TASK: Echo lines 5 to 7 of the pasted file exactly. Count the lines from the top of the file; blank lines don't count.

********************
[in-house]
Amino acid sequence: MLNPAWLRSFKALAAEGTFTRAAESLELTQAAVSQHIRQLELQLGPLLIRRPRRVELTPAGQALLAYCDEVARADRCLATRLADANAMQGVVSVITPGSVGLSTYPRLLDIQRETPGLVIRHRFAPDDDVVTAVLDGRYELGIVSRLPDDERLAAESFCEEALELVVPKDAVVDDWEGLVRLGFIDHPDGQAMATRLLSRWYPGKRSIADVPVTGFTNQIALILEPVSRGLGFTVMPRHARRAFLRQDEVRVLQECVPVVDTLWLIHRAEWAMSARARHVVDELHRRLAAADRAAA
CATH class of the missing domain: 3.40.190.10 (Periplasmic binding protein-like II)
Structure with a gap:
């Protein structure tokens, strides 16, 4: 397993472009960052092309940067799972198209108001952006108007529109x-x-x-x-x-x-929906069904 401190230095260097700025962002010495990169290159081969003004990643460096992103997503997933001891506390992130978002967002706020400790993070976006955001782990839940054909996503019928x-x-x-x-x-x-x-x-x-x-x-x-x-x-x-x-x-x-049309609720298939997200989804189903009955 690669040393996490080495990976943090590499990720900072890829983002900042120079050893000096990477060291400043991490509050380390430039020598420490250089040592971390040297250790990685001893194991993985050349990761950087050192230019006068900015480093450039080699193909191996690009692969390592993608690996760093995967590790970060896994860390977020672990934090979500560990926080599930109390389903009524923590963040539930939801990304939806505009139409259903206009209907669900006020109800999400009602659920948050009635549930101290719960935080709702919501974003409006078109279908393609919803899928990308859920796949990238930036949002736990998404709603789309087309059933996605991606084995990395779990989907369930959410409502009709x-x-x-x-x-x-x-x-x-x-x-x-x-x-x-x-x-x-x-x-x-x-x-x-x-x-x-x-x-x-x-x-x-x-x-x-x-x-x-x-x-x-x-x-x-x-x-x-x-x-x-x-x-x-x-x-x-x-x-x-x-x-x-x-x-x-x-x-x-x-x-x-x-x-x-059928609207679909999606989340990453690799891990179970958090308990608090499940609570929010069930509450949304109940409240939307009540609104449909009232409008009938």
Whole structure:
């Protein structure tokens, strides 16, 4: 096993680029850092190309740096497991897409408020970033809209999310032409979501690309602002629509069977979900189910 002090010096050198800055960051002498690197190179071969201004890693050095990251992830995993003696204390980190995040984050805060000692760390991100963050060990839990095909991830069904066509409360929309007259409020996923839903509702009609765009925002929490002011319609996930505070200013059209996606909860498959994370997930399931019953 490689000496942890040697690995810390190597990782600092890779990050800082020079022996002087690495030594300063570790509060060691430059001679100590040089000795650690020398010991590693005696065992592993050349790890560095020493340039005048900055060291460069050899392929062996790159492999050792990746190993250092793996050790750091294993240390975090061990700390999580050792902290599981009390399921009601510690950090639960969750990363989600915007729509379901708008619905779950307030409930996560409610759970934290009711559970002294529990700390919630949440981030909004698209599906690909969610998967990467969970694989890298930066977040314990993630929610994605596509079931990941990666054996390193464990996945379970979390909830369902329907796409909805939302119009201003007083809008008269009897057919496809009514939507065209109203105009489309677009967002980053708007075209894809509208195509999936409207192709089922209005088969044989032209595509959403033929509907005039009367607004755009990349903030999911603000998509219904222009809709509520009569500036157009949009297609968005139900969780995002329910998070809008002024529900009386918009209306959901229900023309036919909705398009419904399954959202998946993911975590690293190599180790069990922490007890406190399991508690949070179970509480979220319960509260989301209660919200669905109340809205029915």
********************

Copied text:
């Protein structure tokens, strides 16, 4: 397993472009960052092309940067799972198209108001952006108007529109x-x-x-x-x-x-929906069904 401190230095260097700025962002010495990169290159081969003004990643460096992103997503997933001891506390992130978002967002706020400790993070976006955001782990839940054909996503019928x-x-x-x-x-x-x-x-x-x-x-x-x-x-x-x-x-x-049309609720298939997200989804189903009955 690669040393996490080495990976943090590499990720900072890829983002900042120079050893000096990477060291400043991490509050380390430039020598420490250089040592971390040297250790990685001893194991993985050349990761950087050192230019006068900015480093450039080699193909191996690009692969390592993608690996760093995967590790970060896994860390977020672990934090979500560990926080599930109390389903009524923590963040539930939801990304939806505009139409259903206009209907669900006020109800999400009602659920948050009635549930101290719960935080709702919501974003409006078109279908393609919803899928990308859920796949990238930036949002736990998404709603789309087309059933996605991606084995990395779990989907369930959410409502009709x-x-x-x-x-x-x-x-x-x-x-x-x-x-x-x-x-x-x-x-x-x-x-x-x-x-x-x-x-x-x-x-x-x-x-x-x-x-x-x-x-x-x-x-x-x-x-x-x-x-x-x-x-x-x-x-x-x-x-x-x-x-x-x-x-x-x-x-x-x-x-x-x-x-x-059928609207679909999606989340990453690799891990179970958090308990608090499940609570929010069930509450949304109940409240939307009540609104449909009232409008009938």
Whole structure:
């Protein structure tokens, strides 16, 4: 096993680029850092190309740096497991897409408020970033809209999310032409979501690309602002629509069977979900189910 002090010096050198800055960051002498690197190179071969201004890693050095990251992830995993003696204390980190995040984050805060000692760390991100963050060990839990095909991830069904066509409360929309007259409020996923839903509702009609765009925002929490002011319609996930505070200013059209996606909860498959994370997930399931019953 490689000496942890040697690995810390190597990782600092890779990050800082020079022996002087690495030594300063570790509060060691430059001679100590040089000795650690020398010991590693005696065992592993050349790890560095020493340039005048900055060291460069050899392929062996790159492999050792990746190993250092793996050790750091294993240390975090061990700390999580050792902290599981009390399921009601510690950090639960969750990363989600915007729509379901708008619905779950307030409930996560409610759970934290009711559970002294529990700390919630949440981030909004698209599906690909969610998967990467969970694989890298930066977040314990993630929610994605596509079931990941990666054996390193464990996945379970979390909830369902329907796409909805939302119009201003007083809008008269009897057919496809009514939507065209109203105009489309677009967002980053708007075209894809509208195509999936409207192709089922209005088969044989032209595509959403033929509907005039009367607004755009990349903030999911603000998509219904222009809709509520009569500036157009949009297609968005139900969780995002329910998070809008002024529900009386918009209306959901229900023309036919909705398009419904399954959202998946993911975590690293190599180790069990922490007890406190399991508690949070179970509480979220319960509260989301209660919200669905109340809205029915």